Bookplates are similar, but no one ever questions their legitimacy in being pasted in. Marginalia is a little more anarchic. It is a lot of fun to see something nasty or funny in the margins (I particularly liked the story of how Elizabeth David wrote a (Post It) annotation in a copy of something called Ulster Fare in 1974) I personally like lunatic interventions in the public library books that I get, provided it doesn't completely interfere with the text. That said, I really didn't like highlighted passages in the books I used for college. Its a bit like street art or grafitti - some of it is really interesting and changes the way you look at your text or urban landscape, some of it is just annoying.
posted by iamnotateenagegirl at 2:09 PM on March 11, 2011 [4 favorites]

I do this all the time. It's just the way I read a book. When I think of something, I write it down.

Sitting down to read 20 pages straight without ever taking out a pen and jotting something down? That's boring to me. Why would you want to do that?

Sometimes I just say whether I agree or disagree with the author's point.

Sometimes I add my own relevant observations (agreeing or disagreeing).

Sometimes I just write a shorthand description of what the author is saying so I can easily spot that passage if I look for it later.

What purpose does this serve?

It keeps me actively engaged in what I'm reading. (Contrary to what people often imply, reading books can be very passive!)

It's an outlet for my thoughts, which would feel bottled-up otherwise.

It's a memory aid: if you ask me later to say something interesting about the book I'm reading, I'll probably think of something I wrote marginalia about.

It's a visual cue to myself if I pick up the book a year later that "oh yeah, I actually read this part, and I found it brilliant / wrong / whatever."

I could scan some examples if you're interested, but I don't know if you're interested in fiction or nonfiction. Mine are all nonfiction. I'm not at home right now, but when I get home I could give you a couple examples.
posted by John Cohen at 2:10 PM on March 11, 2011 [1 favorite]

But what do regular readers write in the margins of their books?

This question presupposes that there is such a thing as a "regular reader," meaning an average reader... but I suggest that many, many non-famous, non-literary readers are anything but average readers, given the right text. Everyone has some field of expertise or knowledge, formal or informal, and reading that person's marginalia can present the book in an entirely different light, or point out small details and allusions most of us would otherwise miss.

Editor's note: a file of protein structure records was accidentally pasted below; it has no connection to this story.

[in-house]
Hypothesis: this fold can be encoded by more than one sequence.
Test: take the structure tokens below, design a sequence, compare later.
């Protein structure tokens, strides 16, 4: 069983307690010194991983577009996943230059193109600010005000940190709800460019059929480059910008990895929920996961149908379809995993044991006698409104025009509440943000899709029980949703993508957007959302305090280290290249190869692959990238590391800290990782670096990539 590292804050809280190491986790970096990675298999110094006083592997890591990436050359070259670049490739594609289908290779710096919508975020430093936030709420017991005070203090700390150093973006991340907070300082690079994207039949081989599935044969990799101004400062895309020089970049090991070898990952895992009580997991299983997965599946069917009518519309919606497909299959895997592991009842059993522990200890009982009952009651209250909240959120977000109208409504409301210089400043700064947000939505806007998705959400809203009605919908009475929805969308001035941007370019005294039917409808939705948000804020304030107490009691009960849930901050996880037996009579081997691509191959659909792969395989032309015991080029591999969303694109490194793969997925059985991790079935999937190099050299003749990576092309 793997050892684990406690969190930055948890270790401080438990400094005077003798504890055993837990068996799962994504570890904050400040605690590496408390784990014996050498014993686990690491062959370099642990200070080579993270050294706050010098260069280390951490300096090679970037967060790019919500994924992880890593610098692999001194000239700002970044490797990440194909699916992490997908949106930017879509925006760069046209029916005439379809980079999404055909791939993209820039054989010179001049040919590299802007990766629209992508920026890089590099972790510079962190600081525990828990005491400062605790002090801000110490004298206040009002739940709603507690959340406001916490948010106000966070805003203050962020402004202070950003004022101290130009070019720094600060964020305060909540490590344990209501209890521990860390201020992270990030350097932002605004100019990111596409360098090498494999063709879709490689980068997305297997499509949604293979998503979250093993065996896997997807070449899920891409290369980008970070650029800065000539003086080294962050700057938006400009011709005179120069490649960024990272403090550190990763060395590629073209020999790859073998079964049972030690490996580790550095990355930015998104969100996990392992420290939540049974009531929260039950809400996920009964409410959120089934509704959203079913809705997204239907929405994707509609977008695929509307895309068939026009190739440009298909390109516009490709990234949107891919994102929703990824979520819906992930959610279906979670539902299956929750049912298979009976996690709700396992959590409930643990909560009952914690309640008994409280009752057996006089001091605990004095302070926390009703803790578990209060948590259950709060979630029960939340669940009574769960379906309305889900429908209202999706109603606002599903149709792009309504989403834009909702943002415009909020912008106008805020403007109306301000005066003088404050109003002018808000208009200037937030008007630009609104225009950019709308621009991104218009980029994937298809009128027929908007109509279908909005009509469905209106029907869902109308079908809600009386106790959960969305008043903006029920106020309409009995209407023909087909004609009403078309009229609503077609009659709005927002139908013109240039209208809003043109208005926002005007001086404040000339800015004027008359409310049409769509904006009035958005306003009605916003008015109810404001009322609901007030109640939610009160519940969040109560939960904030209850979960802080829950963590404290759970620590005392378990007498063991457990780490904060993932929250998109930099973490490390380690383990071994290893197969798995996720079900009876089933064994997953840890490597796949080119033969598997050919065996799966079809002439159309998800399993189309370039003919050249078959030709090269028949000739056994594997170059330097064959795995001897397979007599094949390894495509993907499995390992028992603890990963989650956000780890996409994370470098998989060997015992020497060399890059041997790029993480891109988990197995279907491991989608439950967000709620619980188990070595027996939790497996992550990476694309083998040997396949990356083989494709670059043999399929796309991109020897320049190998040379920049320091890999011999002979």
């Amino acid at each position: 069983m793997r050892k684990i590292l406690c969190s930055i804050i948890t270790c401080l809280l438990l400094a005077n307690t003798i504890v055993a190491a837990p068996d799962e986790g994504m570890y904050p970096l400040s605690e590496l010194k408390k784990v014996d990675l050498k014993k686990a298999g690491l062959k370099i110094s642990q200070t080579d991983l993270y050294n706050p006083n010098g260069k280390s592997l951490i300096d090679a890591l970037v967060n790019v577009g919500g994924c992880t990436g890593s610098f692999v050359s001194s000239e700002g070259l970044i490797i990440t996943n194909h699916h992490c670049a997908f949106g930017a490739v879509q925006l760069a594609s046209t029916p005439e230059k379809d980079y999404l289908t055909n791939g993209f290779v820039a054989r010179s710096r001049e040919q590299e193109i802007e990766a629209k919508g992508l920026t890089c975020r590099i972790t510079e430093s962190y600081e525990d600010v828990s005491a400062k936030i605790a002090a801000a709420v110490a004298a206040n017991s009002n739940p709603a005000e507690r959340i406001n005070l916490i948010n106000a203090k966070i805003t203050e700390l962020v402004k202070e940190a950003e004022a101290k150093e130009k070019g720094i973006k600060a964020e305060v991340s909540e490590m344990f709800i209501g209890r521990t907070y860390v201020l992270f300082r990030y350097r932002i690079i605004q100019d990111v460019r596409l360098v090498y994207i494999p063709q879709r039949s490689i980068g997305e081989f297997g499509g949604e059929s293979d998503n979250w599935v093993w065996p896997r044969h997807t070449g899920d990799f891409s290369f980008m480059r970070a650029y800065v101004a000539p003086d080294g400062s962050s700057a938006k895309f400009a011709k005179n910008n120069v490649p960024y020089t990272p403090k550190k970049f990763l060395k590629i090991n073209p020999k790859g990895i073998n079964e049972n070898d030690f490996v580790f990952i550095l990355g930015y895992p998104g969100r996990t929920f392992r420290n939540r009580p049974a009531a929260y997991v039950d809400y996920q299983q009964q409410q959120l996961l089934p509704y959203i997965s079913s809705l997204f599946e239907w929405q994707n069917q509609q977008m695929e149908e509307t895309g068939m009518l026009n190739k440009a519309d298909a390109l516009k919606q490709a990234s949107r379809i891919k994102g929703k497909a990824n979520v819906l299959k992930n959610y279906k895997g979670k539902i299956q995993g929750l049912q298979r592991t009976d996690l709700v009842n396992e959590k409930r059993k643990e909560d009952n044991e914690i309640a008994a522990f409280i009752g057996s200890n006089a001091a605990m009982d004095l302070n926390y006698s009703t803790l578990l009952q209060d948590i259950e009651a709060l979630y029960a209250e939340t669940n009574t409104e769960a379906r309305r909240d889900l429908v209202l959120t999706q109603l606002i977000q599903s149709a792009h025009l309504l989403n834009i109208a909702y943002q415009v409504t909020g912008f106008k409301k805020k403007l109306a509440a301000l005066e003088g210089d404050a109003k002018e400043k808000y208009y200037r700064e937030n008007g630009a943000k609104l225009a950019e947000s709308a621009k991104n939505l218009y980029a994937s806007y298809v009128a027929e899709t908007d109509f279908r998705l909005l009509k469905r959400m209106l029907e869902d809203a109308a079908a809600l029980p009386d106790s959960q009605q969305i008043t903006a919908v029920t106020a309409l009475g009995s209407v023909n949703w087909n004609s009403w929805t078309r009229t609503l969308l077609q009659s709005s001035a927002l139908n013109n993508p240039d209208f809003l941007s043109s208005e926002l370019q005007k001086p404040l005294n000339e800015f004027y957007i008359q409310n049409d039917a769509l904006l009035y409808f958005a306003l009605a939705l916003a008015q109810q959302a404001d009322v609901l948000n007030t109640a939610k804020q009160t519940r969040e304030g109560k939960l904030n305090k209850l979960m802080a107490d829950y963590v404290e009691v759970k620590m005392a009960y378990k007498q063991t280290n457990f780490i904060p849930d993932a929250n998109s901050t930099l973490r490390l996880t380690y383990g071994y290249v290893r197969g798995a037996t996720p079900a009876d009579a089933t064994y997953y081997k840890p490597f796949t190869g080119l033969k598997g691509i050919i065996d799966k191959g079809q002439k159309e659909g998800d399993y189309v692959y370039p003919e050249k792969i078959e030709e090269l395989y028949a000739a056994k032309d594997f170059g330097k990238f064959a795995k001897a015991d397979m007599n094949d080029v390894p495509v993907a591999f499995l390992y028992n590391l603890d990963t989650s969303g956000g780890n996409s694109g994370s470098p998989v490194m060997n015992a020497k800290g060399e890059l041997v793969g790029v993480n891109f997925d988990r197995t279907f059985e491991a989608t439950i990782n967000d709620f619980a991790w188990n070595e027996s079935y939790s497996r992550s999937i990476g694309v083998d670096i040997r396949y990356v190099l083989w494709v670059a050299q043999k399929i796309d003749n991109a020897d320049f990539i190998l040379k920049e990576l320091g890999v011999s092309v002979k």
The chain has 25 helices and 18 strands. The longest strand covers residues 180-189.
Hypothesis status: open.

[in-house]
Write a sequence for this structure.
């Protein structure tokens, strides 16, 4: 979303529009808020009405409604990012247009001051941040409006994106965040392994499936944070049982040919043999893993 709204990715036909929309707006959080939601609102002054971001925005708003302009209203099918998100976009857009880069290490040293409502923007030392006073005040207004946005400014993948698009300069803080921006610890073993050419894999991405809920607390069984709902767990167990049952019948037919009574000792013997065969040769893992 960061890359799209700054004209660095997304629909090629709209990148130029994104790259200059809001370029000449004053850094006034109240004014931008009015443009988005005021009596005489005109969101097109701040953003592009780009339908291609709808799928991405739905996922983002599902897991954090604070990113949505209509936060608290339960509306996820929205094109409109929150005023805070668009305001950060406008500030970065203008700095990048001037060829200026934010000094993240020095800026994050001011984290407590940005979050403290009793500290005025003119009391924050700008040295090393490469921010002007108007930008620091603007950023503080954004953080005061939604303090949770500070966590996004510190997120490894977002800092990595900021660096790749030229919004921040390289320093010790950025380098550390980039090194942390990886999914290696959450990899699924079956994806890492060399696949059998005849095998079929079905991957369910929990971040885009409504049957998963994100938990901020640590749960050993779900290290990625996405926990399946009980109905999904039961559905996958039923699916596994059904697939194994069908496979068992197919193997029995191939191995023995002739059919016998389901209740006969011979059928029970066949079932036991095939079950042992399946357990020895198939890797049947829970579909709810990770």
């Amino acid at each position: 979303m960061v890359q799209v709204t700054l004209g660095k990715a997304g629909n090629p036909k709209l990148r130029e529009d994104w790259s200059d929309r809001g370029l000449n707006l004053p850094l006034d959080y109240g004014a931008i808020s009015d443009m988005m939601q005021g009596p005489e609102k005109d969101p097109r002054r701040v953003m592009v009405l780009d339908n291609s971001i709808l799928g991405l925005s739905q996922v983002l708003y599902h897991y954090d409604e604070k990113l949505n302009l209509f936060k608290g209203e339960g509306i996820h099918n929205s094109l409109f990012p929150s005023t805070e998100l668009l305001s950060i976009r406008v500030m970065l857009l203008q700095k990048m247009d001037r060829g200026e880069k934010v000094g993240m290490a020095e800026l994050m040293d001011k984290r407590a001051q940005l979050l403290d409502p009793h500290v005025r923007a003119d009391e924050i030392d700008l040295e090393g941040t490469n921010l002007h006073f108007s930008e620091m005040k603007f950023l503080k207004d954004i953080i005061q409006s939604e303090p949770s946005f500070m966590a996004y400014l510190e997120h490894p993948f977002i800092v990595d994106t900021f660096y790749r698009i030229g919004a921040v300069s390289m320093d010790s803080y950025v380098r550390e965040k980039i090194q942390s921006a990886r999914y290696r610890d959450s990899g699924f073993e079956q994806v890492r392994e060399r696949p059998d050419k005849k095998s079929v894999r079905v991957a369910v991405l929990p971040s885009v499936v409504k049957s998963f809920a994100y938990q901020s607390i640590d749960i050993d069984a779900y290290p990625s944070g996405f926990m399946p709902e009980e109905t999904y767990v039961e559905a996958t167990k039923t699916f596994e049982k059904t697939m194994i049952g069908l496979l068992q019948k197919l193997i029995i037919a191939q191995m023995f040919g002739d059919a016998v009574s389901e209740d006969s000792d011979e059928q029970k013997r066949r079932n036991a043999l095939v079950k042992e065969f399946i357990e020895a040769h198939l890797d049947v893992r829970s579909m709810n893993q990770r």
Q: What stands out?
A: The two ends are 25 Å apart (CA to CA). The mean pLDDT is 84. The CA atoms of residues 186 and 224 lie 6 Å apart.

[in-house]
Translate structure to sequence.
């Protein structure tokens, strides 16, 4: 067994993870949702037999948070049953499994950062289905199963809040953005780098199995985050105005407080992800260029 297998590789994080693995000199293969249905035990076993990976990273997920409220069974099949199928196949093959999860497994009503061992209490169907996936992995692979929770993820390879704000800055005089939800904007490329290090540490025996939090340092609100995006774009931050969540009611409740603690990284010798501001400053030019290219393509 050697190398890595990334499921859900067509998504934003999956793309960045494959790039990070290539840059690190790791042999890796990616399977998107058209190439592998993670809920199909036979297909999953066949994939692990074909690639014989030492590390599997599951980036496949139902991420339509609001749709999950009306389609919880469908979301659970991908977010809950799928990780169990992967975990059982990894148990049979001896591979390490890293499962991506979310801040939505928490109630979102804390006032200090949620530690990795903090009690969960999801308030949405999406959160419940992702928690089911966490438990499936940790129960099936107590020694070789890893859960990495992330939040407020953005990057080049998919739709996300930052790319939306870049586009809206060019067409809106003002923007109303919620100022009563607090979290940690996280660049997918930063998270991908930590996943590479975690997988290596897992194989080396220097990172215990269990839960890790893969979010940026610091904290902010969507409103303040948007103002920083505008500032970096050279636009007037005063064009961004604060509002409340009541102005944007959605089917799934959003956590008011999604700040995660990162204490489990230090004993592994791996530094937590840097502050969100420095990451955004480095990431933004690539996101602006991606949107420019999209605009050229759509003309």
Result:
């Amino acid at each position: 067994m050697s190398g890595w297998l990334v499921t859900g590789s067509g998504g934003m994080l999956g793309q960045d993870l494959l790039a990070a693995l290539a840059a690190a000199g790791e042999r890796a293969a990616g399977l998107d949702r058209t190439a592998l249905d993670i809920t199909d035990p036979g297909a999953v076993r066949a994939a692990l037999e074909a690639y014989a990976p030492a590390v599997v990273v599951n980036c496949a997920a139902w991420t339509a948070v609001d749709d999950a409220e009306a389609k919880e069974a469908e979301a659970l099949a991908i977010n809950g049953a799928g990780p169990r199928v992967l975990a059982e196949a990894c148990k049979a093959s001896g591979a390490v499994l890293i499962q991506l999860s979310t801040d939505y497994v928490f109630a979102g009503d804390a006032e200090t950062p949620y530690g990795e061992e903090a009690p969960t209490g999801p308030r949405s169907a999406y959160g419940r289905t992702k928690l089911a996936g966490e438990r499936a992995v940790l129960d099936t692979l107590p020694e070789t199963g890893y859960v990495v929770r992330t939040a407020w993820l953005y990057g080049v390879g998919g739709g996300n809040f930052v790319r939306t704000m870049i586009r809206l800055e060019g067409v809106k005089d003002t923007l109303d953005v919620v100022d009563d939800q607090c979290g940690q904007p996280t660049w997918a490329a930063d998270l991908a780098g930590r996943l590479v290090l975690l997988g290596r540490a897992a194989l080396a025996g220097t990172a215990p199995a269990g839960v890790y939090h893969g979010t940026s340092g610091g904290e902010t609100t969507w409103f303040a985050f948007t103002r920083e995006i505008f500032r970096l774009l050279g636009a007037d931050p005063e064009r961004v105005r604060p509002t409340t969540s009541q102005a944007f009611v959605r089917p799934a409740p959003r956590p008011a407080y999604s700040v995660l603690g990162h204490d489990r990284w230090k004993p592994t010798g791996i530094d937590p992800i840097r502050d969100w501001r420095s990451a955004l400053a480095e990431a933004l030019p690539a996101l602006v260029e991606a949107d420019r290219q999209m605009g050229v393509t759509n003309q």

Imagine having early access to a mathematician's notes in Lewis Carroll's Alice books, an accomplished cook's notes ("yum!" or "add cinnamon" or "double, serves 2" or even the bold warning "NO!") in a collection of cookbooks, a linguist's notes on Lolita, an historian's notes in Hamlet. Marginalia from the right source is like a portable lecture hall, or like having an expert peeking over your shoulder to offer advice.

This was especially useful in the days before internet access: I loved being able to flip through my Annoted Alice and find the relevant equation or logic puzzle noted in the margin, or to look up a recipe in my mother's or grandmother's cookbooks and find her handwritten notes.

Whoever inherits my paperbacks of Shakespeare's plays will find a huge amount of hard-won scholarship jotted down on Post-Its and carefully printed in the margins. Whoever gets my copy of the Marion Cunningham update of The Fannie Farmer Cookbook will find my correction of the oatmeal cookie recipe, which was published with an error (baking soda instead of baking powder, which made the cookies slick and soapy), my variations on the oatmeal bread recipe, my calculations for making a big patch of lemonade (along with my improvements on the book's recipe), and several of my original recipes written in the back pages.

In an entire different vein: marginalia afford us insight into seeing how previous readers used or understood the text, occasionally with hilarious results. As a wedding gift, a friend gave us a copy of Ideal Marriage: Its physiology and technique, a surprisingly frank sexual guide from 1926. Paging through it, I was mildly amused by the marginalia... until I stumbled across the word "HORSES!!" in a margin.

Even after I figured it out, I needed a few minutes to stop laughing. The chapter I had opened to, you see, was devoted to lulling a reluctant wife from a state of sexual ennui, and the author advised drawing out the wife by conversing on a subject of great personal interest. (One presumes that the reader's wife's interest in horses is a passion, but not a, y'know, passion.)
posted by Elsa at 2:27 PM on March 11, 2011 [2 favorites]

I got a tablet (with a stylus) precisely so I can write marginalia but still read electronically. I find it terribly amusing to go back through something when I reread to see what I thought a few months/years ago.

I am mostly reading technical papers though so I'm not sure this counts.
posted by nat at 2:59 PM on March 11, 2011

Thanks to electroboy: Elvis's "KARATE" in the margins of Cheiro's World Predictions (1925).